Readings for Sunday, February 3/ 4th Sunday in Ordinary Time:
Jeremiah 1:4-5, 17-19
Psalm 71:1-6, 15-17
1 Corinthians 12:31-13:13
As I was praying with the readings for this weekend and reflecting on the various feasts that we are celebrating in the coming weeks, one thought kept coming back over and over: God always wins. No matter how bad a situation might be, no matter where we find ourselves, God always wins. And He is inviting us to join in that victory.
We see it first in the prophet Jeremiah, whose calling is recounted in our first reading. Jeremiah who was formed in the womb of his mother by the Lord and destined to be a great prophet of the Lord is called forth by God to become that prophet he was created to be. He must certainly have had some reluctance in his heart because to be a prophet meant speaking the truth to a people who didn’t want to hear it, which often resulted in violence, as we see in the Gospel. But Jeremiah was given the great commission by the Lord to speak that truth and call the straying people back to the Lord. To encourage him in this, the Lord gives a most consoling message. “Be not crushed on their account,” says the Lord, “as though I would leave you crushed before them; for it is I this day who have made you a fortified city… They will fight against you but will not prevail over you, for I am with you to deliver you.” What a message of hope! The Lord tells Jeremiah that he will endure suffering and persecution – he will be crushed – but that he will not leave him in that state, but rather will raise him up to glory once more. The Lord will deliver him; the Lord will win the battle. He is always victorious.
The psalm today calls us, like Jeremiah, to turn to the Lord and make him truly our rock of refuge, our stronghold, our strength. If we remain in the Lord and His love, then we have much cause for hope and no reason to fear – the Lord will deliver us the same as He did with Jeremiah and the other prophets.
St. Paul in his poetic writing on that greatest of gifts, love, speaks of the many attributes of love – that it is patient, kind, not jealous, and so on. But most importantly, he notes that love bears all things, love endures all things, and love never ends. If we connect St. Paul with St. John, whose letter tells us that God is love, then we can also make the connect that God bears all things, God bears all things, and God never fails. He always reigns victorious.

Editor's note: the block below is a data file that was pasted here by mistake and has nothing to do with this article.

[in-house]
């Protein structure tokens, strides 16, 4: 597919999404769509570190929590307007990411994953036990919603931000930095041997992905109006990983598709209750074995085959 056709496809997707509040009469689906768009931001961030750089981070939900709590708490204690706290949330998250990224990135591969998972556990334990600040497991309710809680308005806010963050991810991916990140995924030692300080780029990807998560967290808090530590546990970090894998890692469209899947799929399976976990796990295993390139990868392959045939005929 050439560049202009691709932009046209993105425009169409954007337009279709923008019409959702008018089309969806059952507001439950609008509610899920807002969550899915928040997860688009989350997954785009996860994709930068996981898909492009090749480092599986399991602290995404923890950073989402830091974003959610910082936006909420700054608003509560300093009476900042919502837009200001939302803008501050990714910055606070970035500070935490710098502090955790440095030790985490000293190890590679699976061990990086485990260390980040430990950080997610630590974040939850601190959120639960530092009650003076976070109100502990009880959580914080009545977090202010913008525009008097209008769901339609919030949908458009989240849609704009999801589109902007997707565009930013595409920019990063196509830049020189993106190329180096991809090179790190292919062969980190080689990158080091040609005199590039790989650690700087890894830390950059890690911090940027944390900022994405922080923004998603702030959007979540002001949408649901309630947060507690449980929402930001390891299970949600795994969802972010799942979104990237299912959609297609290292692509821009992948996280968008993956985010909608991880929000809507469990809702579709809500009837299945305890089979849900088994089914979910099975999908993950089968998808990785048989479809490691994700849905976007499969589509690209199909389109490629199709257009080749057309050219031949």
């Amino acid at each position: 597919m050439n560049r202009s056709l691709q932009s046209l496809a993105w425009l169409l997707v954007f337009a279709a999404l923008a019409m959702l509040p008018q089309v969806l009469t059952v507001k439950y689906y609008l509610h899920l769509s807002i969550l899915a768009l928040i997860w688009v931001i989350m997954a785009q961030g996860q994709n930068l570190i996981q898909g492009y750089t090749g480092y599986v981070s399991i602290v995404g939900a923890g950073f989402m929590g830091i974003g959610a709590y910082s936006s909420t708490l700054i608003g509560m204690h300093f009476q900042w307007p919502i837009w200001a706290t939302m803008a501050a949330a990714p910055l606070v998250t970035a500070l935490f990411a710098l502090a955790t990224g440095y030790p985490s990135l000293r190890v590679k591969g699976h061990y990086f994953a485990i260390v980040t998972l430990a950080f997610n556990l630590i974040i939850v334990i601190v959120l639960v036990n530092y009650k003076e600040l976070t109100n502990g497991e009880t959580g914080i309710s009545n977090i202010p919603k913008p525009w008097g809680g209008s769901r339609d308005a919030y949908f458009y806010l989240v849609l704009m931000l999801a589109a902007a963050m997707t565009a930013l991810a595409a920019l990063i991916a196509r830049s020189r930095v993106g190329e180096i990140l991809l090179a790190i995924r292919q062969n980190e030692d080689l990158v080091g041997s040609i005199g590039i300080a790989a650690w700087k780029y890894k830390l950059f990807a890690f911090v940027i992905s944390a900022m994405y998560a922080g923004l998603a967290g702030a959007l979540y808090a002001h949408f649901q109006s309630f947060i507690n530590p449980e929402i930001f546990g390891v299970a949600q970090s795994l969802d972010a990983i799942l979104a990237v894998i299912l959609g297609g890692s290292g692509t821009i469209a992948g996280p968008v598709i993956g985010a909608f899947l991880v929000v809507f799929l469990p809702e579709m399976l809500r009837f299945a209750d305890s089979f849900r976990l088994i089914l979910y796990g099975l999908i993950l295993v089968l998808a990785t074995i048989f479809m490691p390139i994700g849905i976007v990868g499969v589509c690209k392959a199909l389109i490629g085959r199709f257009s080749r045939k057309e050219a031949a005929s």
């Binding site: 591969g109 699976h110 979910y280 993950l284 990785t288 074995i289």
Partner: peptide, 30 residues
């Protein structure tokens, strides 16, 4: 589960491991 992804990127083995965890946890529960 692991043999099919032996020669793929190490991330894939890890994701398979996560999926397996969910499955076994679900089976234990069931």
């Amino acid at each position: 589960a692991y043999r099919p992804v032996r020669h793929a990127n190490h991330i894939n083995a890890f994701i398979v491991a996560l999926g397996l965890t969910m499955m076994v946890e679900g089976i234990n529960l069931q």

Then we come to the highpoint of the readings in the Gospel. Today Jesus is seen in His own hometown, where one should expect Him to receive a warm welcome and indeed He does, at least to start with. The people are amazed at His gracious words and sit in awe of what He speaks, but not because they are filled with faith but rather because they are anticipating some great healings to come. They think, because they are Jesus’ hometown, that while other places had great miracles worked in them, they surely would receive an even great outpouring of healings. When they are informed of the opposite, when the Lord identifies their lack of faith and charity, they are led to fury and rage, whereupon they seek to cast the Lord off the cliff to His death. Here is where the Lord shows once again His power. This whole mob of people are entirely focused on the Lord, consumed with rage to the point of murder and yet somehow the Lord “passed through the midst of them and went away.” You would think with all of those people focusing only on Him that someone would have noticed and tried to stop Him, and maybe they did, but the end result is simply that the Lord passed through the midst and left. God won. Christ knew He was to die on a hill, but not on that one, so He pressed forward toward fulfillment of His mission. These are just a few of the many stories in the scriptures that show over and again the power of God and the fact that He is always victorious and will never be outdone. The beautiful thing is that as Catholics we not only have the scriptures to encourage us but we also have the lives of the saints, of those many men and women over the years whose lives have shown us the power of God and given us a blueprint to work from in shaping our own lives after the Gospel call.